German Unemployment Falls Less Than Forecast as Economy Dithers
(Bloomberg) -- German unemployment fell less than forecast at the start of the year, a possible sign of weakness in what’s been a bright spot for the economy.
Joblessness declined by a seasonally adjusted 2,000 in January to 2.26 million. Economists had predicted a drop of 10,000. The report follows a spate of indicators suggesting companies are increasingly nervous about trade uncertainties and waning growth in China. The jobless rate held at 5 percent.
- Unemployment only declined in east Germany, while the number of jobless people remained unchanged in the western part of the country.
- January is traditionally a weak month for the labor market, labor-agency head Detlef Scheele said in a statement. At the same time a continued increase in employment and still-high demand for workers points to a good start to the year.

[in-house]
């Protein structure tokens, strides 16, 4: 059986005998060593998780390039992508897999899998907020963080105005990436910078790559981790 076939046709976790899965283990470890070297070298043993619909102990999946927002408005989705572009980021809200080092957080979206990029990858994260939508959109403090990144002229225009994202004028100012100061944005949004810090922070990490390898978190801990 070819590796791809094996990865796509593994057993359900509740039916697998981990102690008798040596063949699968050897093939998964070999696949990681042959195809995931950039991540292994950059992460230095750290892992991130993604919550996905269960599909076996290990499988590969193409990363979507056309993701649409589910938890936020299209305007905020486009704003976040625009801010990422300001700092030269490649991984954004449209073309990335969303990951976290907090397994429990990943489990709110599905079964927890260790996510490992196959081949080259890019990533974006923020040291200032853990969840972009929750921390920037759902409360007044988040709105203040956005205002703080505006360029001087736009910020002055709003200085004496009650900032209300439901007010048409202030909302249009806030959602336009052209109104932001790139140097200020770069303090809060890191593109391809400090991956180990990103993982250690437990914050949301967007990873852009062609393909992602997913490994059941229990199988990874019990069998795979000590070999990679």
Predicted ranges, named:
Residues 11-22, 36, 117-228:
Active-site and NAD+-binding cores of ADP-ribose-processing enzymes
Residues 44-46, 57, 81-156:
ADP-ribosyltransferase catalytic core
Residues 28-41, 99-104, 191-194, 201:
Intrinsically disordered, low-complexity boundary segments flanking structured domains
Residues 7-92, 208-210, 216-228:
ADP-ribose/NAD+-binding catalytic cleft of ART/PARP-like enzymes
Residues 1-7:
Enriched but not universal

- Domestic demand will support economic growth after Europe’s growth engine stuttered in the second half of 2018 and global trade uncertainty prompted the government to slash its 2019 outlook.
- Railway operator Deutsche Bahn AG and airline Deutsche Lufthansa AG are hiring 22,000 and 5,000 employees respectively this year, offsetting job cuts in the car and retail industries.
- In the euro area, employment plans have worsened markedly in industry, and, to a lesser extent, in services. Risks to the economic outlook moved to the downside, European Central Bank President Mario Draghi said last week.
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